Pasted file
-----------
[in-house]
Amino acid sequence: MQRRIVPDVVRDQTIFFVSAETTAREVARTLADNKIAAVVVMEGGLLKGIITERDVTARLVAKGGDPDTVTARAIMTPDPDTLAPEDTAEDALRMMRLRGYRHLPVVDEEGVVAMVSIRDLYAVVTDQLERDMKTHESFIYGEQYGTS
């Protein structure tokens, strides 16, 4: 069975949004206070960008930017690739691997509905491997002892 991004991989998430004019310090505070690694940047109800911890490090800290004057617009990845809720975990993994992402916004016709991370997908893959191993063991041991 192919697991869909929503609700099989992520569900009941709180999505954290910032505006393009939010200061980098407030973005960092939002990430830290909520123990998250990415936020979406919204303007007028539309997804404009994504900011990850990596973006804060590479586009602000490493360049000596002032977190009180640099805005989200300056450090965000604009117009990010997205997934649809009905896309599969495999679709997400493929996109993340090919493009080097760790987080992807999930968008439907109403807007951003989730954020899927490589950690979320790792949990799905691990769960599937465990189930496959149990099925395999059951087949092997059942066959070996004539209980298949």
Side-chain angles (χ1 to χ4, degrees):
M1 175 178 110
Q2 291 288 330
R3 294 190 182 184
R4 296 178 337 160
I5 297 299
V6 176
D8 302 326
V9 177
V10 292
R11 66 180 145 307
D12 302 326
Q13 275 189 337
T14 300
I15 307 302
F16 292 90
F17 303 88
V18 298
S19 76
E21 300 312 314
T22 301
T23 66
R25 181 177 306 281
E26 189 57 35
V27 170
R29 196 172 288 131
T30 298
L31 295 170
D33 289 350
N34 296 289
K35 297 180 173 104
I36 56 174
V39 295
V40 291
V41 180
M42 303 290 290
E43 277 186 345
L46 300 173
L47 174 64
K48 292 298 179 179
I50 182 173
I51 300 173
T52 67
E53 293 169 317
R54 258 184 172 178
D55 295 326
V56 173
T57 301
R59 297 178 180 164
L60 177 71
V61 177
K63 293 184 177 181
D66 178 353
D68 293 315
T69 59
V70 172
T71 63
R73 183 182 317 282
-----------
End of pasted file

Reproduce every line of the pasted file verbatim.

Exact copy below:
[in-house]
Amino acid sequence: MQRRIVPDVVRDQTIFFVSAETTAREVARTLADNKIAAVVVMEGGLLKGIITERDVTARLVAKGGDPDTVTARAIMTPDPDTLAPEDTAEDALRMMRLRGYRHLPVVDEEGVVAMVSIRDLYAVVTDQLERDMKTHESFIYGEQYGTS
């Protein structure tokens, strides 16, 4: 069975949004206070960008930017690739691997509905491997002892 991004991989998430004019310090505070690694940047109800911890490090800290004057617009990845809720975990993994992402916004016709991370997908893959191993063991041991 192919697991869909929503609700099989992520569900009941709180999505954290910032505006393009939010200061980098407030973005960092939002990430830290909520123990998250990415936020979406919204303007007028539309997804404009994504900011990850990596973006804060590479586009602000490493360049000596002032977190009180640099805005989200300056450090965000604009117009990010997205997934649809009905896309599969495999679709997400493929996109993340090919493009080097760790987080992807999930968008439907109403807007951003989730954020899927490589950690979320790792949990799905691990769960599937465990189930496959149990099925395999059951087949092997059942066959070996004539209980298949």
Side-chain angles (χ1 to χ4, degrees):
M1 175 178 110
Q2 291 288 330
R3 294 190 182 184
R4 296 178 337 160
I5 297 299
V6 176
D8 302 326
V9 177
V10 292
R11 66 180 145 307
D12 302 326
Q13 275 189 337
T14 300
I15 307 302
F16 292 90
F17 303 88
V18 298
S19 76
E21 300 312 314
T22 301
T23 66
R25 181 177 306 281
E26 189 57 35
V27 170
R29 196 172 288 131
T30 298
L31 295 170
D33 289 350
N34 296 289
K35 297 180 173 104
I36 56 174
V39 295
V40 291
V41 180
M42 303 290 290
E43 277 186 345
L46 300 173
L47 174 64
K48 292 298 179 179
I50 182 173
I51 300 173
T52 67
E53 293 169 317
R54 258 184 172 178
D55 295 326
V56 173
T57 301
R59 297 178 180 164
L60 177 71
V61 177
K63 293 184 177 181
D66 178 353
D68 293 315
T69 59
V70 172
T71 63
R73 183 182 317 282